The Power of Self-Care

Updated: Jul 18

I don’t think I’m very good at looking after myself. Don’t get me wrong, I make it through the day fine (generally). But I’ve never stopped to strategically plan in time for ‘me’, to really look after ‘me’.


Let me explain. I’m on it when it comes to the non-negotiables, such as brushing my teeth, washing regularly, getting a haircut. And one area I’ve always prioritised (as a PE teacher, personal trainer and lover all things physical) is exercise and movement. But what about sleep? Diet? Relaxation? Time? Moisturising?! Conditioning my hair?!


I recently spoke to our Wellbeing Director and clinical psychologist, Dr Ali Bailie (aka Dr Bear) on this topic, specifically on self-care for teachers. As a teacher for many years, a husband, and a father of two humans and a cocker spaniel, I got to a point in my teaching career where I really started to struggle with balance. Is self-care under our control? Is it achievable for most? Is it hard… and harder still for teachers?


Image is divided into four quadrants, displaying different activities used for self-care and wellbeing. They are (from right to left) setting alarms for better sleep, reading, exercise/weightlifting, and drinking water.

Let’s start with the term self-care. Like many buzz-words we deal with (e.g. wellbeing, mental health, emotional learning, personal development), there’s a fair bit of noise around the concept of self-care. The World Health Organisation (WHO) define it as:


“the ability of individuals, families and communities to promote health, prevent disease, maintain health, and cope with illness and disability with or without the support of a health-care provider.”

Makes sense, right? Feels quite formal for me.


Kelsey Patel (a Los Angeles–based wellness expert and the author of the forthcoming book Burning Bright: Rituals, Reiki, and Self-Care to Heal Burnout, Anxiety, and Stress) describes self-care as part of the answer to improve our ability to deal with life's daily stressors. Work, family, money and health are all examples of stressors. Throw in modern technology, emails galore, social media from all angles, a global pandemic, possible world war, and now an economy on the brink of crisis, it’s no wonder that the Google search trend for the term self-care has increased by 5 times since 2015 (and was at an all time high in May 2022).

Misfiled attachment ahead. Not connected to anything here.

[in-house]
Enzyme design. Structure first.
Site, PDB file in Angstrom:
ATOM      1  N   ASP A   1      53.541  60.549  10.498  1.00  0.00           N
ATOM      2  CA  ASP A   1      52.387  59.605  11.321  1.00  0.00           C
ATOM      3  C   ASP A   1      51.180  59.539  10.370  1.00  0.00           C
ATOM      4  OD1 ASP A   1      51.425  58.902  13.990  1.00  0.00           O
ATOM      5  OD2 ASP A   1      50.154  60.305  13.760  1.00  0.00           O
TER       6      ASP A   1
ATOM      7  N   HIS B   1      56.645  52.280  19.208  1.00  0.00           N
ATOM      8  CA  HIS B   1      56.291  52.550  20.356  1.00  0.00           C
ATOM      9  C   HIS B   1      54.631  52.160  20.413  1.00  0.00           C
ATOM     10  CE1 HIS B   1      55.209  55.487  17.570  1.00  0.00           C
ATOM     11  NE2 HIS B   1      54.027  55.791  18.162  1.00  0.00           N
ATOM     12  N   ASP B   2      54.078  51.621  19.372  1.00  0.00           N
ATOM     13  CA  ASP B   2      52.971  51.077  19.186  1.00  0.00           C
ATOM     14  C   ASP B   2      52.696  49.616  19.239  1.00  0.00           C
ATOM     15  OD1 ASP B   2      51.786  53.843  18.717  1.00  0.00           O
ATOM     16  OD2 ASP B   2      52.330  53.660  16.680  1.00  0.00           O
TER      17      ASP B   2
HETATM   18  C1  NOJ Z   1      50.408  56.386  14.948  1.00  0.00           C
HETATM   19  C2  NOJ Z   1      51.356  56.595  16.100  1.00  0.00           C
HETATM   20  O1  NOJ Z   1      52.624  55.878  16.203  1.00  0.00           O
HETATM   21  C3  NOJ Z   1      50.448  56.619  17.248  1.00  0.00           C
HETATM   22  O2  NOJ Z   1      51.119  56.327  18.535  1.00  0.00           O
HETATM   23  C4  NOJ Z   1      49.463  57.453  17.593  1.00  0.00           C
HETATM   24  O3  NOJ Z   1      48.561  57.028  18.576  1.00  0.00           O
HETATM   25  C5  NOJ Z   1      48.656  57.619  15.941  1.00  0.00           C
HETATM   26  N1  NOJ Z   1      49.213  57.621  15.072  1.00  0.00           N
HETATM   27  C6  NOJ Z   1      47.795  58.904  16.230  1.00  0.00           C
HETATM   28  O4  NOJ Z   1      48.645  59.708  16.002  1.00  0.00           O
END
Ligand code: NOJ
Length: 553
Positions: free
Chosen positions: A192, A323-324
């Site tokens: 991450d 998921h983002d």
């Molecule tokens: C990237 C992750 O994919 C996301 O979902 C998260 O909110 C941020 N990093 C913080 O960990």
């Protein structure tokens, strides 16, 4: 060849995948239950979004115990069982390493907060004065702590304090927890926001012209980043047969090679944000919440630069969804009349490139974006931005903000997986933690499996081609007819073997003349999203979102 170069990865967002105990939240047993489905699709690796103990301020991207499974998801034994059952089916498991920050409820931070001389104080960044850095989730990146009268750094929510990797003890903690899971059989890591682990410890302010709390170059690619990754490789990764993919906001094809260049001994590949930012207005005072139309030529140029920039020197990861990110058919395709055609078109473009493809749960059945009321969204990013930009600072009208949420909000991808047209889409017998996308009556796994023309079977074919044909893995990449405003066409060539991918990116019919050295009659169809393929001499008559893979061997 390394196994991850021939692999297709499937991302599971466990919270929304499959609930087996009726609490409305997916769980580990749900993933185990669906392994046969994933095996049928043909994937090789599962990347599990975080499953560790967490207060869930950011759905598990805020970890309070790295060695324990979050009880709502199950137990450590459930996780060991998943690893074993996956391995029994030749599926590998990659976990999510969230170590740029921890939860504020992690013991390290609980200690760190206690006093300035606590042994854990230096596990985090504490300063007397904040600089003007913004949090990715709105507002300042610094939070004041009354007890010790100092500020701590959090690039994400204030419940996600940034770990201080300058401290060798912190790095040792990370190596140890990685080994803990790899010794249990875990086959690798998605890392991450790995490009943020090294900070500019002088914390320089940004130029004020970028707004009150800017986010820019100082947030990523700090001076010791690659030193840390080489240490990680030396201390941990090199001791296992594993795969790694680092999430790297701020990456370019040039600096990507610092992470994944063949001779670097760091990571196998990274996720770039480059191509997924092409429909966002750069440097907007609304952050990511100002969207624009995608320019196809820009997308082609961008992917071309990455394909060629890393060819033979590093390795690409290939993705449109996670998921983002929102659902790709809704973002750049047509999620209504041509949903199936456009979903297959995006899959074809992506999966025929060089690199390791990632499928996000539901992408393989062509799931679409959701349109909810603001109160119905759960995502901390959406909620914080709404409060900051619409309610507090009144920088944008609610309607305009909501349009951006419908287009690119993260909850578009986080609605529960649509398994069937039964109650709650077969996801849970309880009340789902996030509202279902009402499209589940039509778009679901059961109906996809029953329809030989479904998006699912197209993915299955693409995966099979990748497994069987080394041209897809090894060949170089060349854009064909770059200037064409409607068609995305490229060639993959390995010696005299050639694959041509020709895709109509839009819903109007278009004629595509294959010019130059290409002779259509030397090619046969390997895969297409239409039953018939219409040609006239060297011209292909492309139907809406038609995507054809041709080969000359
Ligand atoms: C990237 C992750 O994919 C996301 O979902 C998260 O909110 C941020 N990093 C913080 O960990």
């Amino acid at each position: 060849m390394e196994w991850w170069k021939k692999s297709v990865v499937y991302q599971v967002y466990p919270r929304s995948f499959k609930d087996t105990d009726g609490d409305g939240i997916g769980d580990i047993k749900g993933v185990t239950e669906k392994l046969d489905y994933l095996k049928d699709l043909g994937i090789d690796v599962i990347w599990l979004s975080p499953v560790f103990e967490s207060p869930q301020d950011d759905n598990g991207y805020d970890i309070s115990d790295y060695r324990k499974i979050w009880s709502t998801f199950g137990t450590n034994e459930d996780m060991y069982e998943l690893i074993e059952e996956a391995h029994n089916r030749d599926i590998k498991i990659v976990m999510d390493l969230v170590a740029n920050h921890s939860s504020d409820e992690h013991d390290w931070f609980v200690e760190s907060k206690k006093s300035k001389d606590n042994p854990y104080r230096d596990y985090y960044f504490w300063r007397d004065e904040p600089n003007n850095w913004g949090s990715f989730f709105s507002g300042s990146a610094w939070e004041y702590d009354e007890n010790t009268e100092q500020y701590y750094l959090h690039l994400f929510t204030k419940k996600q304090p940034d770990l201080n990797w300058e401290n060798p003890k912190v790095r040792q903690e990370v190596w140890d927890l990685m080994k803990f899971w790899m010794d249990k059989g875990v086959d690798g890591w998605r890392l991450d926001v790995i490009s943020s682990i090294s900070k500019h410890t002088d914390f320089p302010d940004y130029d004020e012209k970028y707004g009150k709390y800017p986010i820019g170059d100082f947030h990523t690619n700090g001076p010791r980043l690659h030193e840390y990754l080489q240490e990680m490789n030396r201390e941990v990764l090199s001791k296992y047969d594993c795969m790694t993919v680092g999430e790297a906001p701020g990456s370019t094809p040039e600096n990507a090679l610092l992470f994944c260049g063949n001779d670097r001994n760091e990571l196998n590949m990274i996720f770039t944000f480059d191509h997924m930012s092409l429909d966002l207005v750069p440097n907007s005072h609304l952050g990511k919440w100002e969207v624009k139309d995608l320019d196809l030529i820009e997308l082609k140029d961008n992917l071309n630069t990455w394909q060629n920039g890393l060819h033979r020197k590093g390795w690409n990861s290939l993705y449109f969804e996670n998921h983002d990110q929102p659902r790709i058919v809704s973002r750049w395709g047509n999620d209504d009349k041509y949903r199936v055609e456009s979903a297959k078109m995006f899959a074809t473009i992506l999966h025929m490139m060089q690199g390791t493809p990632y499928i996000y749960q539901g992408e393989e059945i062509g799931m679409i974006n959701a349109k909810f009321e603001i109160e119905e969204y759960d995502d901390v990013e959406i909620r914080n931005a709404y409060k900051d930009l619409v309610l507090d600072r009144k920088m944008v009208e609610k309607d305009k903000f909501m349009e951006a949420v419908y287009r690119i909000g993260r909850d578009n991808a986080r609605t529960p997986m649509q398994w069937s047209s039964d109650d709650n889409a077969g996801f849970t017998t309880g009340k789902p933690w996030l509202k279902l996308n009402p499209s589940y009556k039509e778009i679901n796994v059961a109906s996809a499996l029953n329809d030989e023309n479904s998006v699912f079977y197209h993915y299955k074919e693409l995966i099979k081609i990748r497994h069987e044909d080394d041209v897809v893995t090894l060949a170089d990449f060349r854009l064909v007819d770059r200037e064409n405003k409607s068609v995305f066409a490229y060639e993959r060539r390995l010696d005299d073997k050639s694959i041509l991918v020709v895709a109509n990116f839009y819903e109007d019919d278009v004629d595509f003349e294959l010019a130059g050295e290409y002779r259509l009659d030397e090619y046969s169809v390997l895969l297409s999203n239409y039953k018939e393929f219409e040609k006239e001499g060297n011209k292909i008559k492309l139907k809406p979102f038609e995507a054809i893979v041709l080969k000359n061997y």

The term 'self-care' in Google Search Results

Is it selfish to show self-care? Selfishness is often thought of as a negative characteristic. But in this context, some selfishness is required for individuals to lead healthy lives and create a sense of positive overall wellbeing. Taken too far, just thinking about yourself and your needs over your loved ones is not the path to happiness and self actualisation.


But (aside from the non-negotiables), what do you do just for you on a regular consistent basis? If you do prioritise time for you, is that time of genuine benefit to your mental and physical health?


When I asked Dr Bear if teachers are likely to be good self-carers, his response was pretty clear: